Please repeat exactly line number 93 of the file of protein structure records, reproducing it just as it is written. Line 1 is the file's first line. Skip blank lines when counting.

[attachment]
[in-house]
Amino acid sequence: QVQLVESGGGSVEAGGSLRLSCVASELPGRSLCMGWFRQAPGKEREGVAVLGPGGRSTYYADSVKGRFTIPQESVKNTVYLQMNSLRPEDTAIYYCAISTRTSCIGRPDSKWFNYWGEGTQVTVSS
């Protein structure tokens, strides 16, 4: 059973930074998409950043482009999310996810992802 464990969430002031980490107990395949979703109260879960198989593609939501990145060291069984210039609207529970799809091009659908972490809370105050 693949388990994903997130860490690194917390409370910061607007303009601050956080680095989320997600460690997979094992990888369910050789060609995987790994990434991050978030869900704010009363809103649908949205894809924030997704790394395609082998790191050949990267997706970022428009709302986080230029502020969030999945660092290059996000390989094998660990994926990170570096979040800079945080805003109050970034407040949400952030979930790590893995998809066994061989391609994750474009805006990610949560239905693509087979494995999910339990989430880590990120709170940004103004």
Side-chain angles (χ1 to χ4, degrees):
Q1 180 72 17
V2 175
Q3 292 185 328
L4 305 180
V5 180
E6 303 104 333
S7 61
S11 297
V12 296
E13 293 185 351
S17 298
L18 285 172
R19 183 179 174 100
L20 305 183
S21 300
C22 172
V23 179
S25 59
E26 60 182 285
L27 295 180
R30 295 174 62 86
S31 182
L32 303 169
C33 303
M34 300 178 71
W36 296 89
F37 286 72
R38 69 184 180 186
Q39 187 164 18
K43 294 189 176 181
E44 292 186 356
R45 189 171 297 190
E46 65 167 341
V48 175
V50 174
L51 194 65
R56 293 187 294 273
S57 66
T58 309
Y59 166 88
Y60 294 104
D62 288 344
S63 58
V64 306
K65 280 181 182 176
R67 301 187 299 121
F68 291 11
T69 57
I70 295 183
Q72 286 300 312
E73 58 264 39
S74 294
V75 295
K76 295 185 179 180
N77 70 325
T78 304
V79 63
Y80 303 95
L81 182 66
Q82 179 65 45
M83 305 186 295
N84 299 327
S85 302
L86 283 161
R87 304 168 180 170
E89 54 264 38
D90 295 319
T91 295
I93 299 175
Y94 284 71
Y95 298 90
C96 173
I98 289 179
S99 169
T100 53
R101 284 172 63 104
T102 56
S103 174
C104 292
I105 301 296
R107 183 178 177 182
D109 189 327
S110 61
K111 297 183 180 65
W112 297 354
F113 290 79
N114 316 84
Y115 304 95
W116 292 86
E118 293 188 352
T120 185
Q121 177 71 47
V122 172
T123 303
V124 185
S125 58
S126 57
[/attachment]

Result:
W116 292 86